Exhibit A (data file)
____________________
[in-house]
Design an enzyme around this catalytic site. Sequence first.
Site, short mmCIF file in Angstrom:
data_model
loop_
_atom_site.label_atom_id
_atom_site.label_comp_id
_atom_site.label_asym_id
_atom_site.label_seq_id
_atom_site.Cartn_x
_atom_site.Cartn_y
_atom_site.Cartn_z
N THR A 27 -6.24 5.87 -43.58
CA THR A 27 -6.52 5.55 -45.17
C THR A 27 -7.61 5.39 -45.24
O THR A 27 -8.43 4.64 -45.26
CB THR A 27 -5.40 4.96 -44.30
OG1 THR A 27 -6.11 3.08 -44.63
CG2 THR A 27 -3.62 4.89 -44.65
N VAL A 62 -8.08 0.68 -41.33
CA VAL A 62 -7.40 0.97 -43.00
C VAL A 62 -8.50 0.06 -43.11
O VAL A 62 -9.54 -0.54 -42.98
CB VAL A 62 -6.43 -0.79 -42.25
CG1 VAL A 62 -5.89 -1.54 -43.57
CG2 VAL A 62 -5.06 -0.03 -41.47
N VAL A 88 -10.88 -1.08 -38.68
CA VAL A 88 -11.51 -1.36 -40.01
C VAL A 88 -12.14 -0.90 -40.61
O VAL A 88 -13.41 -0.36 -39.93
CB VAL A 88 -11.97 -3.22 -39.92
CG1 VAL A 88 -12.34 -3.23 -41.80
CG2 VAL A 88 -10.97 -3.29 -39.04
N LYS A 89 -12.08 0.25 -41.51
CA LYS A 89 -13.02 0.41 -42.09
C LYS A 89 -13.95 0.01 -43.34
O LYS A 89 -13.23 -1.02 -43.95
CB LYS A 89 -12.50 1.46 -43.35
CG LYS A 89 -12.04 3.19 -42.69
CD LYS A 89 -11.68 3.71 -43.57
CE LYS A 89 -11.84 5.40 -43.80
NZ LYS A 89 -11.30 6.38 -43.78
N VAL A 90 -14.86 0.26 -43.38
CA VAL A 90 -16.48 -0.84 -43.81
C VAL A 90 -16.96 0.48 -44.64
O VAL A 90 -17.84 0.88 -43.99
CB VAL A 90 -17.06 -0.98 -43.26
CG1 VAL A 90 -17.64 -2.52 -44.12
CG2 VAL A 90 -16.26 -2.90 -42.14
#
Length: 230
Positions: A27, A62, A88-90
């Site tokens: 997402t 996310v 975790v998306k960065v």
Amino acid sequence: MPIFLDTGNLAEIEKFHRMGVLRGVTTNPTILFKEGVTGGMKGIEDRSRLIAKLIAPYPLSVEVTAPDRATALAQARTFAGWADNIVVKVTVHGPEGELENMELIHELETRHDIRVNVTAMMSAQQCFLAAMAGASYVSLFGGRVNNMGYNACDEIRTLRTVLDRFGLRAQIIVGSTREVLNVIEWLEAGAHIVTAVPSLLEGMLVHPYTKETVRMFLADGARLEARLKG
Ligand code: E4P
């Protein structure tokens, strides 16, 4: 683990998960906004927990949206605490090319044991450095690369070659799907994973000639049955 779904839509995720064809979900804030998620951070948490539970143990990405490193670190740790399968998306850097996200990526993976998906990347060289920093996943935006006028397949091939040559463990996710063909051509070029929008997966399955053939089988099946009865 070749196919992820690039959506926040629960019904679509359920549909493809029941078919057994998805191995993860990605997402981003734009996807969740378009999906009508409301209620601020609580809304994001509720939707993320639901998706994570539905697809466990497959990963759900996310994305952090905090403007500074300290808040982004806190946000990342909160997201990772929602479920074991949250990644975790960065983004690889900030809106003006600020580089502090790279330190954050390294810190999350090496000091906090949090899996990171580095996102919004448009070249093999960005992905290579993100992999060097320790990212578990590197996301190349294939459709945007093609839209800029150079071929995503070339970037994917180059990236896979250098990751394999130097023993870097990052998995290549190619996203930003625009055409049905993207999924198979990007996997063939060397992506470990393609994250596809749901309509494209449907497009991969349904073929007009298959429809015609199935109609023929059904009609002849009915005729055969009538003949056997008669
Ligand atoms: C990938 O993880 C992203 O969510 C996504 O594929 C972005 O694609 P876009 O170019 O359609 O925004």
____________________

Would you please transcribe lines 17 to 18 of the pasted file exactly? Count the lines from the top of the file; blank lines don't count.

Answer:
CB THR A 27 -5.40 4.96 -44.30
OG1 THR A 27 -6.11 3.08 -44.63